FIG. 4 is an enlarged cross-sectional view of a door frame in FIG. 2;
FIG. 5 is an enlarged top cross-sectional view of the door frame showing an unlocking switch disable solenoid, taken on line 5-5 in FIG. 2;
FIG. 6 is an enlarged side view in cross-section of the door frame showing the unlocking switch disable solenoid, taken on line 6-6 in FIG. 5;
DESCRIPTION OF A PREFERRED EMBODIMENT Referring more particularly to the drawings, in FIG. I the numeral 10 indicates a bulletproof enclosure having a reinforced counter -12 and a plurality of bulletproof glass panels 14 which are secured together by reinforced joints 16. A bulletproof access door 18 is located in the enclosure 10 to allow ingress and egress by authorized personnel.
A plurality of teller stations 22 are located within the enclosure 10, and each has a bulletproof speaker aperture 24 located in the bulletproof panels 14 (see FIG. 2) to allow a teller and a customer to converse while transacting business. A teller drawer 26 located below the speaker aperture 24, as shown in FIGS. 2 and 3, allows the teller and the customer to pass money, checks, deposit slips, etc. into and out of the enclosure 10 without the necessity of physical contact. Such drawers are generally in use at drive-in or sidewalk bank windows; however, the present drawer is modified, as will be described. I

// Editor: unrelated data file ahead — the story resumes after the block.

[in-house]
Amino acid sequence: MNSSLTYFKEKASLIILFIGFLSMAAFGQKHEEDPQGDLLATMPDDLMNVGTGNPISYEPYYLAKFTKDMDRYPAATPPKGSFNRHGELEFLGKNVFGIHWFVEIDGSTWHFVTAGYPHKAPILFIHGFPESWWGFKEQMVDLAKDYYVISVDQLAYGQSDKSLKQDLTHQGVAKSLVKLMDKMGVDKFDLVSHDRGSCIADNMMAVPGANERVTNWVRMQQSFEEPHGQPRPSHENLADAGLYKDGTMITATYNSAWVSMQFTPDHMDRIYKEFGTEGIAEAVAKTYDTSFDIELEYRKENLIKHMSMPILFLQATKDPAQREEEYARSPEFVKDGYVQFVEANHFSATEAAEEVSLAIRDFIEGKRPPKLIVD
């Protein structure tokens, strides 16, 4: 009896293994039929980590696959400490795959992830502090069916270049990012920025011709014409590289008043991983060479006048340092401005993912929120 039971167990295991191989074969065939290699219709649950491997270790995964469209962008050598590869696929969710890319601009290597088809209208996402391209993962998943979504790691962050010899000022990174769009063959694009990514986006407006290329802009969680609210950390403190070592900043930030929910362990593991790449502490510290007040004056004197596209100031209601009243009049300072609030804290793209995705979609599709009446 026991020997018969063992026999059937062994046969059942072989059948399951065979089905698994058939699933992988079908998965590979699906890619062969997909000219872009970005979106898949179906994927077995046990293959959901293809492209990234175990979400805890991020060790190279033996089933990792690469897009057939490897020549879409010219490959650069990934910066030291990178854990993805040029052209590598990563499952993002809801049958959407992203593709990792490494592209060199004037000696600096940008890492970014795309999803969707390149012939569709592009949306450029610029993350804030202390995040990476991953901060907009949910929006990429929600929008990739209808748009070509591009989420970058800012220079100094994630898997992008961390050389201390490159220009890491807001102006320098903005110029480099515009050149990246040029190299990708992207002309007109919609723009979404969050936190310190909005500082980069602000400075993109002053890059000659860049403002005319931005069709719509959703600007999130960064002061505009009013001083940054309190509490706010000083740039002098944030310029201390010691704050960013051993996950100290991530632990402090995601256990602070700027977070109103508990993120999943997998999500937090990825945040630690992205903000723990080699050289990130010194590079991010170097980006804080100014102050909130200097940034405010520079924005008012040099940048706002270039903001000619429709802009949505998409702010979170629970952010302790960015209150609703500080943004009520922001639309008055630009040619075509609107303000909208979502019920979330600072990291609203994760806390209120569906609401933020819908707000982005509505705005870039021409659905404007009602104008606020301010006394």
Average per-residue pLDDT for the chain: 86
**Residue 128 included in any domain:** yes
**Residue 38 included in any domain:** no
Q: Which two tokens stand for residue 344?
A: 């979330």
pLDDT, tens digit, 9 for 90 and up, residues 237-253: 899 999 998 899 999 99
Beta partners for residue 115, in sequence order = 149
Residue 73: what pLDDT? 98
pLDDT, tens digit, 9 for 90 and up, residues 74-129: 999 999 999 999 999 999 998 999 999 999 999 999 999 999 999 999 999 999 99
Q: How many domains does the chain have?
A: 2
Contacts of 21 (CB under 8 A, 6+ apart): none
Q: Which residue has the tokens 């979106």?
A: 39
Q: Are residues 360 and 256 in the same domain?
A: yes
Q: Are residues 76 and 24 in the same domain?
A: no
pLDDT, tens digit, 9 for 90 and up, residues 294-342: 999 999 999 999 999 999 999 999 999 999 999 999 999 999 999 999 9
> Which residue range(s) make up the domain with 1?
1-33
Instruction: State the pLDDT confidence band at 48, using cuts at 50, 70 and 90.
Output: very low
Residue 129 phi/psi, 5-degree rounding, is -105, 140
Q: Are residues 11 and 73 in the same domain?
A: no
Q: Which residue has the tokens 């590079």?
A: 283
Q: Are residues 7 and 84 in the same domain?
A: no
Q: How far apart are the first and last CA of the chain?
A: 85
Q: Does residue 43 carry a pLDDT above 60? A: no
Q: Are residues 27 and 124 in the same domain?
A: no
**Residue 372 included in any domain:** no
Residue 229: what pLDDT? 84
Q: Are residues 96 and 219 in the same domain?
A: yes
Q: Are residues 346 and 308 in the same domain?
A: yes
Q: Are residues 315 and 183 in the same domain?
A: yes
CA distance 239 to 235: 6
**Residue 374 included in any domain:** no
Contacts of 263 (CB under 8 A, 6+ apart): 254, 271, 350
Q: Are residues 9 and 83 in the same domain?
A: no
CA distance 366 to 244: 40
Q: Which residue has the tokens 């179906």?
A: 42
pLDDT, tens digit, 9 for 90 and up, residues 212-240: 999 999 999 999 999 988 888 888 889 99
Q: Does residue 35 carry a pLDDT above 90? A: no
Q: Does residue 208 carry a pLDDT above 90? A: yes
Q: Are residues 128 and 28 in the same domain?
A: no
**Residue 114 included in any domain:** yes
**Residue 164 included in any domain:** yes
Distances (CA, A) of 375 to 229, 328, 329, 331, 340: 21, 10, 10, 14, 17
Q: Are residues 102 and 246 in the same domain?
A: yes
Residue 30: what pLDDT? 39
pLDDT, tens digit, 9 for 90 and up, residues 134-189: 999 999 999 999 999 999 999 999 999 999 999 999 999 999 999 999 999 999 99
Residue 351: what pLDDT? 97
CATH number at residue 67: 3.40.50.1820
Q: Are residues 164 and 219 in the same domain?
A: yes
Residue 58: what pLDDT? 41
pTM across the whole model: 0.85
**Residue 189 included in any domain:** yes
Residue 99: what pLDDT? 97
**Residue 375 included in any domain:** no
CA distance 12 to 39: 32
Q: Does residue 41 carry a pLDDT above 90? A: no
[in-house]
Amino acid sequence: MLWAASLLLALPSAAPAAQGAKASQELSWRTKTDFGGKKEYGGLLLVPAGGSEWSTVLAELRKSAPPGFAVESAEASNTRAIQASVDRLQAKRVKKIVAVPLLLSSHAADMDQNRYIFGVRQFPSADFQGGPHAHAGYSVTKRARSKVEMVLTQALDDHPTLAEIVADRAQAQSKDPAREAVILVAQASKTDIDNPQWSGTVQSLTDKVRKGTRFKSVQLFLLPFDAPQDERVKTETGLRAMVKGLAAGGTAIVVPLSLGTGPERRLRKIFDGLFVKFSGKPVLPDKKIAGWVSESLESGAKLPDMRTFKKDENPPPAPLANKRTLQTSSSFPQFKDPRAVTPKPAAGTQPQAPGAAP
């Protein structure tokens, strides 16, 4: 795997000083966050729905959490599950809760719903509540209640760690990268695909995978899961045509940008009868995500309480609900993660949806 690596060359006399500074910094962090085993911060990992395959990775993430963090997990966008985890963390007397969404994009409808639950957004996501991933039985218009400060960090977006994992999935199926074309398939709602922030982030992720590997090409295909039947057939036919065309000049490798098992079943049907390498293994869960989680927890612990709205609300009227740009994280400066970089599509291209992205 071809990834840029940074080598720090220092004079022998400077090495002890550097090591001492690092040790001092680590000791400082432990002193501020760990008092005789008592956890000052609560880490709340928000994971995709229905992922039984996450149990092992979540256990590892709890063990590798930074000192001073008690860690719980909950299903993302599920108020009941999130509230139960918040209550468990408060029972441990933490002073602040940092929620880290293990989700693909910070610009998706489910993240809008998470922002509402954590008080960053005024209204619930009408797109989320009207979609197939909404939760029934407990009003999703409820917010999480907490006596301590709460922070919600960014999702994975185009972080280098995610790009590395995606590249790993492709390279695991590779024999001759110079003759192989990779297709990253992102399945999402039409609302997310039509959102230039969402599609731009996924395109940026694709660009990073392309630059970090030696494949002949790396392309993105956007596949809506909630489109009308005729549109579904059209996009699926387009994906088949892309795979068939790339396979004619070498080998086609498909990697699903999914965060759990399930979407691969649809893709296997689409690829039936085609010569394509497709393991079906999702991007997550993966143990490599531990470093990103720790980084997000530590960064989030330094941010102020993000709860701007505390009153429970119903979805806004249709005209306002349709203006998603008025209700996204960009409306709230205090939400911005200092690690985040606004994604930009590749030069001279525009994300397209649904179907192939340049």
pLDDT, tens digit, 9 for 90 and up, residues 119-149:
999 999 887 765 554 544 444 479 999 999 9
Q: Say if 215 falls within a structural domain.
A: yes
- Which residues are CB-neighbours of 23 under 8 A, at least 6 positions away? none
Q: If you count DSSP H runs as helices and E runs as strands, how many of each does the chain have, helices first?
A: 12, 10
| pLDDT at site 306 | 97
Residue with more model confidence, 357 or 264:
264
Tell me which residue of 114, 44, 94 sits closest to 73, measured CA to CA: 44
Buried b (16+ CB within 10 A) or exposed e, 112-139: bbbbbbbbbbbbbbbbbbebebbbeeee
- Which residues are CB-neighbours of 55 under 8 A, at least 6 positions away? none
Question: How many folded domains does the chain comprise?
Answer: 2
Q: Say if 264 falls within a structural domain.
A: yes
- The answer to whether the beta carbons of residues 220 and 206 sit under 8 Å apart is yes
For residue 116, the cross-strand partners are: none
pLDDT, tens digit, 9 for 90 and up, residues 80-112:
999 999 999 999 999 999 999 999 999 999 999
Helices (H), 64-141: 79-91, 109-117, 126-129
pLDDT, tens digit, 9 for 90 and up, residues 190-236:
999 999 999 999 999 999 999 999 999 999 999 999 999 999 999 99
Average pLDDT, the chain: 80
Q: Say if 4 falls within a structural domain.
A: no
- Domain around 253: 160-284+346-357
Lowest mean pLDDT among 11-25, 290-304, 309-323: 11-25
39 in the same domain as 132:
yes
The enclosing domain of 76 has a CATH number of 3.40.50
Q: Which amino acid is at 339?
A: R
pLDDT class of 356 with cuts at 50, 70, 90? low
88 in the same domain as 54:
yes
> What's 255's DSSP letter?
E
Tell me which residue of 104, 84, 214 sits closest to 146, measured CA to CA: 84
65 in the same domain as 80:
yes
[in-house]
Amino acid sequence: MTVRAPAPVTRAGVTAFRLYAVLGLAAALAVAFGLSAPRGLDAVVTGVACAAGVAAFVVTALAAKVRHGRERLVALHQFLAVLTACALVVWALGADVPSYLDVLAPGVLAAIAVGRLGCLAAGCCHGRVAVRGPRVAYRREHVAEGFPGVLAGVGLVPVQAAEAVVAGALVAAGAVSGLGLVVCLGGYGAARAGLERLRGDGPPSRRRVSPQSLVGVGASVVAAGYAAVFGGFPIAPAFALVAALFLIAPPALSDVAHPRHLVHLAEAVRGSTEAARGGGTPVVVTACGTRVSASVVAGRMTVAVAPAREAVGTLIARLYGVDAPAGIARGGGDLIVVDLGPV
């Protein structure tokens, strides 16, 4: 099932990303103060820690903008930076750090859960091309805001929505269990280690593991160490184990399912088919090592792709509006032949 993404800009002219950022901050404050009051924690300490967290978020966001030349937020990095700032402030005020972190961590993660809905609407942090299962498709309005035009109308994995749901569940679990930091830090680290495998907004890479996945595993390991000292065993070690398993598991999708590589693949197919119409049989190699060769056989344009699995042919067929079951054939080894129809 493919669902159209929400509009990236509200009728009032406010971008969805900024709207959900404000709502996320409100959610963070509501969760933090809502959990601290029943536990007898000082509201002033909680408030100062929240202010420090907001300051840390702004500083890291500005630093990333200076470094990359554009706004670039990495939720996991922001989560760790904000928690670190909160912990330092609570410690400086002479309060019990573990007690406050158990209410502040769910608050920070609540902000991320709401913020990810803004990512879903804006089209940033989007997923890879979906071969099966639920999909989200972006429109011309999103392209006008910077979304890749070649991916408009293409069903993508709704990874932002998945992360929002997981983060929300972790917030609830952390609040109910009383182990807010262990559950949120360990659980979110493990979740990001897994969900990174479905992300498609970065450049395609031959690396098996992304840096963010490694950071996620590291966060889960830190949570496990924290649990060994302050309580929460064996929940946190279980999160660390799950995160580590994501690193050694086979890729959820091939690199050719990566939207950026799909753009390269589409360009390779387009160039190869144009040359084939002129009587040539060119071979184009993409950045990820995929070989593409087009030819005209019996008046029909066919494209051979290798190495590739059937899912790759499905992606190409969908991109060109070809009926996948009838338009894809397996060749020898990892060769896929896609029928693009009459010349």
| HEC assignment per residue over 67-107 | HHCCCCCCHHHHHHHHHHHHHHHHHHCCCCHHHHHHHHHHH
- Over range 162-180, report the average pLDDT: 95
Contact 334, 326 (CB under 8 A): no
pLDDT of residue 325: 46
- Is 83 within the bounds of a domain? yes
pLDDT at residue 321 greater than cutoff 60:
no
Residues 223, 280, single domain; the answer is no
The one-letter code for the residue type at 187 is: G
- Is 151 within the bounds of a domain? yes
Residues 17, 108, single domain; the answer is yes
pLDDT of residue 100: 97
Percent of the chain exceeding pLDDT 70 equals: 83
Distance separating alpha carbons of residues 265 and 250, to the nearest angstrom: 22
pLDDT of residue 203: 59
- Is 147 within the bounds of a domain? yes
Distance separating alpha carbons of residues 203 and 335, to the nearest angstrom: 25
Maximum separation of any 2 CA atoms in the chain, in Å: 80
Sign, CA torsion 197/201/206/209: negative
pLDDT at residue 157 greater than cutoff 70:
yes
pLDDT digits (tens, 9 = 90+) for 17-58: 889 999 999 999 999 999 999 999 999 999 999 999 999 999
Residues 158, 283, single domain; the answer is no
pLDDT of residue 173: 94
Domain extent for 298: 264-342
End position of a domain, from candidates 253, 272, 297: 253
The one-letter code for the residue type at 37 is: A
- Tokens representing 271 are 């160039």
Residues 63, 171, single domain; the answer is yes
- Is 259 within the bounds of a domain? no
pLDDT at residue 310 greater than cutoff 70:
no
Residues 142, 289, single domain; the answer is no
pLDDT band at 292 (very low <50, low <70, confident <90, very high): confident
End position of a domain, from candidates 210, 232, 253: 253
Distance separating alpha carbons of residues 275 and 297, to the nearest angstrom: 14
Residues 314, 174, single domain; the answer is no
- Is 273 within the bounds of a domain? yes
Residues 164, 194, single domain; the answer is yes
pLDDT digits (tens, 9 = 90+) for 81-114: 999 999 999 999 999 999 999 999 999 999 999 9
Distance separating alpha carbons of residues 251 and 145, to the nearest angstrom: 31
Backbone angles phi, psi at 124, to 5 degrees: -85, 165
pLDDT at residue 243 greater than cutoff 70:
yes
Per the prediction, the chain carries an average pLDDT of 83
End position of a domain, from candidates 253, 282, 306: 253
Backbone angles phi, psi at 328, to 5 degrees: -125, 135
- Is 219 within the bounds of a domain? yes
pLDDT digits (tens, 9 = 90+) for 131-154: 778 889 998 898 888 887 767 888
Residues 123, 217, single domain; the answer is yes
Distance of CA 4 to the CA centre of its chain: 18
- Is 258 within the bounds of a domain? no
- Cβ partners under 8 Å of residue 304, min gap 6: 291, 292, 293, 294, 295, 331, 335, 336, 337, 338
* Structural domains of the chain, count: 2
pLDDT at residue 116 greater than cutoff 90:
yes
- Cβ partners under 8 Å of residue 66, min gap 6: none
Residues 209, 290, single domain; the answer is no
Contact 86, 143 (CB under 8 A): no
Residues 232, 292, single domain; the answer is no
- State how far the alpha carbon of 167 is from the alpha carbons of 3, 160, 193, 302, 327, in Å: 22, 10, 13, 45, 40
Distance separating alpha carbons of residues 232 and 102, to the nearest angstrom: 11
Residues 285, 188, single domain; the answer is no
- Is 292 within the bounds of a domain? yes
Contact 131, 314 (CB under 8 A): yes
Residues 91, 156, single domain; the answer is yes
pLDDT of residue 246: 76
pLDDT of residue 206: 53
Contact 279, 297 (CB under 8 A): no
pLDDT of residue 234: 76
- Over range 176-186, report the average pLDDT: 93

The teller drawer 26 shown in FIG. 3 has a front plate 27 secured to the outer end which is received in a cutout portion 28 of the bulletproof panel I4, making the outer surface of the front plate 27 flush with the outside surface of the panel 14 when the drawer is closed. A teller drawer frame 29 is located within the enclosure and supports the teller drawer 26. A frame door 30 in the drawer frame 29 can be opened to provide access to the drawer, permitting the teller to place money and other articles in the drawer 26 and to remove articles placed therein by the customer when the drawer is open. The
- drawer door 30 is closed when the drawer 26 is moved by a suitable lever or plunger arrangement (not shown) from within to without the enclosure. This closure of door 30 prevents communication between the inside and the outside of the enclosure while business is being transacted and thus prevents any physical contact between the teller and the customer.